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Optimism levels tumble among private equity partners

But 57 per cent still expect improvement in the UK economy over the next 12 months, according to a n

With the UK back in recession and the eurozone seemingly no closer to finding a real solution to its crisis, a fall in market sentiment was perhaps inevitable. According to a new survey conducted by Investec Fund Finance, 57 per cent of general partners (GPs) at UK-based private equity firms still expect the economic environment in the country to improve over the next 12 months. This is a marked drop from 81 per cent last year.

The survey, conducted by Investec during February-March this year, also revealed that under a third (31 per cent) believed that their firms’ next fund will be larger than the current one, compared with nearly half (43 per cent) in 2011. Of these, 70 per cent say their next fund will be no more than 20 per cent larger; last year, 85 per cent said their fund would be at least 20 per cent bigger.

Some 77 per cent rate the current environment for raising a new fund as "very poor" or "quite poor".

It's not all doom and gloom, however. Just 10 per cent believe their next fund will be smaller, with 54 per cent predicting it will be about the same size. 

Simon Hamilton of Investec Fund Finance, said:

While the majority of GPs remain optimistic about the UK economy’s growth prospects, the findings paint a very different picture from last year’s bullishness. Concerns around fund raising have become more acute and as conditions show little sign of improvement it’s likely that more firms will end up with funds that are either the same size or smaller than the current one.

However, despite battling against tough economic headwinds the private equity industry continues to demonstrate resilience and tenacity; levels of optimism are significantly higher now than in 2009, when 11 per cent of GPs predicted they would not raise another fund. This year the figure has more than halved to 5 per cent.

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Is anyone prepared to solve the NHS funding crisis?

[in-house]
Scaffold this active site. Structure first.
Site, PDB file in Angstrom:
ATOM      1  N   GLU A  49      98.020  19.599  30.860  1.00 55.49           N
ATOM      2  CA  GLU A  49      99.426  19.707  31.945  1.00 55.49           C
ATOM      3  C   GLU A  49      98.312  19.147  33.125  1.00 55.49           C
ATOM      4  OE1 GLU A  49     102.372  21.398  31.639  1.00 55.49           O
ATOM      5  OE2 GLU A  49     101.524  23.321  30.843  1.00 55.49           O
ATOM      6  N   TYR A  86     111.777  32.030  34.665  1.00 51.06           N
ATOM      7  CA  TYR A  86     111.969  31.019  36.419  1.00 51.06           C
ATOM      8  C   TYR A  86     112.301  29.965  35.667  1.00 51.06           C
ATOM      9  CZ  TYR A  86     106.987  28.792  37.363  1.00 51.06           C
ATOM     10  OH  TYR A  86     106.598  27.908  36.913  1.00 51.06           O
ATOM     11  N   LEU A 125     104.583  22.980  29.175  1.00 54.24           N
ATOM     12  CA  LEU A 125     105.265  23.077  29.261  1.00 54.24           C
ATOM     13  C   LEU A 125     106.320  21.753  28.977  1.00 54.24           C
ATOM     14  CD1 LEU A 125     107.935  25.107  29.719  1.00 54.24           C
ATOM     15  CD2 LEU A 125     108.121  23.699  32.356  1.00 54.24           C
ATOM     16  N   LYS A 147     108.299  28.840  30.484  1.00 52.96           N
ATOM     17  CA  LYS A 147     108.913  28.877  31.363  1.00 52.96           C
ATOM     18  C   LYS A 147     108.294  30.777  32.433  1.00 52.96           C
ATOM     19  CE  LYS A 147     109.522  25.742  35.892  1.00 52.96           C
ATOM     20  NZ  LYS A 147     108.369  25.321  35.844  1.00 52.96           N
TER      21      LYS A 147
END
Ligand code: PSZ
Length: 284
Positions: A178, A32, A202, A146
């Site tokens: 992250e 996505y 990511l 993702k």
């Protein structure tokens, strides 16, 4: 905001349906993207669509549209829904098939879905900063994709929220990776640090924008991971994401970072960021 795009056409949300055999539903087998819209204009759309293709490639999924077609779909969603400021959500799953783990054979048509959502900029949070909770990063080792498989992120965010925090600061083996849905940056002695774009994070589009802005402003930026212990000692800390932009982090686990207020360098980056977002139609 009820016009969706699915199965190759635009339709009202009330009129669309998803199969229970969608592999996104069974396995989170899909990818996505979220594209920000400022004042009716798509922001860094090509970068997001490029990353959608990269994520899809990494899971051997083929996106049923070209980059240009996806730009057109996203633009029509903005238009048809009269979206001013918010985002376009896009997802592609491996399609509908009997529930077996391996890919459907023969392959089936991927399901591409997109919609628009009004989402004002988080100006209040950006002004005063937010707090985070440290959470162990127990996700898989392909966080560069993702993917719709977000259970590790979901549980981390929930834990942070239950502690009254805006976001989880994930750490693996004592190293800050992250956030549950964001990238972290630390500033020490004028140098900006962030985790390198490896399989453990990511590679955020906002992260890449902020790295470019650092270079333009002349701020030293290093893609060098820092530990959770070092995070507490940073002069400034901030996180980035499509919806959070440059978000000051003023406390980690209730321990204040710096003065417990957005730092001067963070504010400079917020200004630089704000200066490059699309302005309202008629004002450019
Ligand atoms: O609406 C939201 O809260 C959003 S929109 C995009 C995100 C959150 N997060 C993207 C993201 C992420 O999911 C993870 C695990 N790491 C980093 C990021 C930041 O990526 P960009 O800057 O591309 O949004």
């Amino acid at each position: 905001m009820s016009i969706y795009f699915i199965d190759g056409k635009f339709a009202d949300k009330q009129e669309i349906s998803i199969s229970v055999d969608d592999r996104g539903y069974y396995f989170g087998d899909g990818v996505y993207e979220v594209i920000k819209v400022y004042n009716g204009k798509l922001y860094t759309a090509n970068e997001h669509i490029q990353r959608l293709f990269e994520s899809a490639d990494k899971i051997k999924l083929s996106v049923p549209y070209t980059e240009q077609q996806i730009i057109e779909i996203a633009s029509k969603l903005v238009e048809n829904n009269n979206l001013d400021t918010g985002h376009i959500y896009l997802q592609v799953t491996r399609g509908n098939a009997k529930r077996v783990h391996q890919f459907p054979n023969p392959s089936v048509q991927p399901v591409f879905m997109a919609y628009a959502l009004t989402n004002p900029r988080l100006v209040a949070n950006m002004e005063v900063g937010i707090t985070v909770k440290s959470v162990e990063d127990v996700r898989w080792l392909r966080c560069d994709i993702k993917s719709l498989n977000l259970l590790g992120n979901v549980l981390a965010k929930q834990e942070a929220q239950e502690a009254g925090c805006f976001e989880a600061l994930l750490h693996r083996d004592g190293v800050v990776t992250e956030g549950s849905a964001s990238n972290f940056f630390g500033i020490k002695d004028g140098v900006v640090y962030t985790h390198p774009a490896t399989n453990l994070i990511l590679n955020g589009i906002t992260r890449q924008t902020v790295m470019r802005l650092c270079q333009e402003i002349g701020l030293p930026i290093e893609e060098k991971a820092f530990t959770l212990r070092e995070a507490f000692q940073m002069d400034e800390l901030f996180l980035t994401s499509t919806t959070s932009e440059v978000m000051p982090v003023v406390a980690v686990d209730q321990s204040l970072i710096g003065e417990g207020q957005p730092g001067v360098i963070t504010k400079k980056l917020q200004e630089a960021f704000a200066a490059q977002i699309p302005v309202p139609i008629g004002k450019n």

As long as the political taboo on raising taxes endures, the service will be in financial peril. 

It has long been clear that the NHS is in financial ill-health. But today's figures, conveniently delayed until after the Conservative conference, are still stunningly bad. The service ran a deficit of £930m between April and June (greater than the £820m recorded for the whole of the 2014/15 financial year) and is on course for a shortfall of at least £2bn this year - its worst position for a generation. 

Though often described as having been shielded from austerity, owing to its ring-fenced budget, the NHS is enduring the toughest spending settlement in its history. Since 1950, health spending has grown at an average annual rate of 4 per cent, but over the last parliament it rose by just 0.5 per cent. An ageing population, rising treatment costs and the social care crisis all mean that the NHS has to run merely to stand still. The Tories have pledged to provide £10bn more for the service but this still leaves £20bn of efficiency savings required. 

Speculation is now turning to whether George Osborne will provide an emergency injection of funds in the Autumn Statement on 25 November. But the long-term question is whether anyone is prepared to offer a sustainable solution to the crisis. Health experts argue that only a rise in general taxation (income tax, VAT, national insurance), patient charges or a hypothecated "health tax" will secure the future of a universal, high-quality service. But the political taboo against increasing taxes on all but the richest means no politician has ventured into this territory. Shadow health secretary Heidi Alexander has today called for the government to "find money urgently to get through the coming winter months". But the bigger question is whether, under Jeremy Corbyn, Labour is prepared to go beyond sticking-plaster solutions. 

George Eaton is political editor of the New Statesman.